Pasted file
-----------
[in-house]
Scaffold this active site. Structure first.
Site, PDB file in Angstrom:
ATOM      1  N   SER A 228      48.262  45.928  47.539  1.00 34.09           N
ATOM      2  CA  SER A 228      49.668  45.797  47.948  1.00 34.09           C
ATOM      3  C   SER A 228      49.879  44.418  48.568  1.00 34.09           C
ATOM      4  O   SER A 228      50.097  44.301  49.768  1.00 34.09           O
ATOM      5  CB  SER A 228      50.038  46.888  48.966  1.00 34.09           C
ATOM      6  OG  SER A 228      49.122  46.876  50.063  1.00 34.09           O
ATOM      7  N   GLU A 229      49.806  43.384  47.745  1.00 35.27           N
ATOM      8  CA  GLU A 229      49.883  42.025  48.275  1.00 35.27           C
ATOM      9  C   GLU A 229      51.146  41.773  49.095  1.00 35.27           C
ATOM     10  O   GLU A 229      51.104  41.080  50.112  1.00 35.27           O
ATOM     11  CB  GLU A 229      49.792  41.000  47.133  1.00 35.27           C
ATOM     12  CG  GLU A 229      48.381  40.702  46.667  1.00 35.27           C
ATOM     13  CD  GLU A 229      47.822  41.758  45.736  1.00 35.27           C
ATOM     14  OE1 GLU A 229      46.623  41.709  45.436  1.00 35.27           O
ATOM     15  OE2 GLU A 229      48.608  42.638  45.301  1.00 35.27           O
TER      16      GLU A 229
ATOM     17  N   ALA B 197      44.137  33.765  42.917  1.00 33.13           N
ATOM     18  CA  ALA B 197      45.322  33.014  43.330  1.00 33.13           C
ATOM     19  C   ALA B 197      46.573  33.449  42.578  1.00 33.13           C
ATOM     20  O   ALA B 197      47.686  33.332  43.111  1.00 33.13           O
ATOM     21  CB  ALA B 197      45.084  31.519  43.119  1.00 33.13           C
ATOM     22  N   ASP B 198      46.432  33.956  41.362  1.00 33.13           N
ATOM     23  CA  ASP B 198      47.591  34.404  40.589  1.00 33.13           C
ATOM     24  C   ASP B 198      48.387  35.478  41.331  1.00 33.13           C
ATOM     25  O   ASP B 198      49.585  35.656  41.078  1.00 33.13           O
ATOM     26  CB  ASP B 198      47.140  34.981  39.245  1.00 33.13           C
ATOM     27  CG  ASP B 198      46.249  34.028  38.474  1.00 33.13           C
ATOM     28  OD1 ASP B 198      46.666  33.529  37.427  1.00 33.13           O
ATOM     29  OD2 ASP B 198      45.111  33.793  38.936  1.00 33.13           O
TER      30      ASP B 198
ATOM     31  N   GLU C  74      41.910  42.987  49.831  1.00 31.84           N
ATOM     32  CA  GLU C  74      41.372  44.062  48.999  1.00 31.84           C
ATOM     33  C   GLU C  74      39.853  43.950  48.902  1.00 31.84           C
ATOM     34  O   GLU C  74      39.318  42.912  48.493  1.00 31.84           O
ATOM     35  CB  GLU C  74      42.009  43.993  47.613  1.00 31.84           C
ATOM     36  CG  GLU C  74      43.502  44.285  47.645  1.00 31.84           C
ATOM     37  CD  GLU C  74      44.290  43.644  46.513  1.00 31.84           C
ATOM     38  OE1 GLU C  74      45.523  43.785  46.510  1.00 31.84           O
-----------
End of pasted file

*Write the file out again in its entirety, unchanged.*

[in-house]
Scaffold this active site. Structure first.
Site, PDB file in Angstrom:
ATOM      1  N   SER A 228      48.262  45.928  47.539  1.00 34.09           N
ATOM      2  CA  SER A 228      49.668  45.797  47.948  1.00 34.09           C
ATOM      3  C   SER A 228      49.879  44.418  48.568  1.00 34.09           C
ATOM      4  O   SER A 228      50.097  44.301  49.768  1.00 34.09           O
ATOM      5  CB  SER A 228      50.038  46.888  48.966  1.00 34.09           C
ATOM      6  OG  SER A 228      49.122  46.876  50.063  1.00 34.09           O
ATOM      7  N   GLU A 229      49.806  43.384  47.745  1.00 35.27           N
ATOM      8  CA  GLU A 229      49.883  42.025  48.275  1.00 35.27           C
ATOM      9  C   GLU A 229      51.146  41.773  49.095  1.00 35.27           C
ATOM     10  O   GLU A 229      51.104  41.080  50.112  1.00 35.27           O
ATOM     11  CB  GLU A 229      49.792  41.000  47.133  1.00 35.27           C
ATOM     12  CG  GLU A 229      48.381  40.702  46.667  1.00 35.27           C
ATOM     13  CD  GLU A 229      47.822  41.758  45.736  1.00 35.27           C
ATOM     14  OE1 GLU A 229      46.623  41.709  45.436  1.00 35.27           O
ATOM     15  OE2 GLU A 229      48.608  42.638  45.301  1.00 35.27           O
TER      16      GLU A 229
ATOM     17  N   ALA B 197      44.137  33.765  42.917  1.00 33.13           N
ATOM     18  CA  ALA B 197      45.322  33.014  43.330  1.00 33.13           C
ATOM     19  C   ALA B 197      46.573  33.449  42.578  1.00 33.13           C
ATOM     20  O   ALA B 197      47.686  33.332  43.111  1.00 33.13           O
ATOM     21  CB  ALA B 197      45.084  31.519  43.119  1.00 33.13           C
ATOM     22  N   ASP B 198      46.432  33.956  41.362  1.00 33.13           N
ATOM     23  CA  ASP B 198      47.591  34.404  40.589  1.00 33.13           C
ATOM     24  C   ASP B 198      48.387  35.478  41.331  1.00 33.13           C
ATOM     25  O   ASP B 198      49.585  35.656  41.078  1.00 33.13           O
ATOM     26  CB  ASP B 198      47.140  34.981  39.245  1.00 33.13           C
ATOM     27  CG  ASP B 198      46.249  34.028  38.474  1.00 33.13           C
ATOM     28  OD1 ASP B 198      46.666  33.529  37.427  1.00 33.13           O
ATOM     29  OD2 ASP B 198      45.111  33.793  38.936  1.00 33.13           O
TER      30      ASP B 198
ATOM     31  N   GLU C  74      41.910  42.987  49.831  1.00 31.84           N
ATOM     32  CA  GLU C  74      41.372  44.062  48.999  1.00 31.84           C
ATOM     33  C   GLU C  74      39.853  43.950  48.902  1.00 31.84           C
ATOM     34  O   GLU C  74      39.318  42.912  48.493  1.00 31.84           O
ATOM     35  CB  GLU C  74      42.009  43.993  47.613  1.00 31.84           C
ATOM     36  CG  GLU C  74      43.502  44.285  47.645  1.00 31.84           C
ATOM     37  CD  GLU C  74      44.290  43.644  46.513  1.00 31.84           C
ATOM     38  OE1 GLU C  74      45.523  43.785  46.510  1.00 31.84           O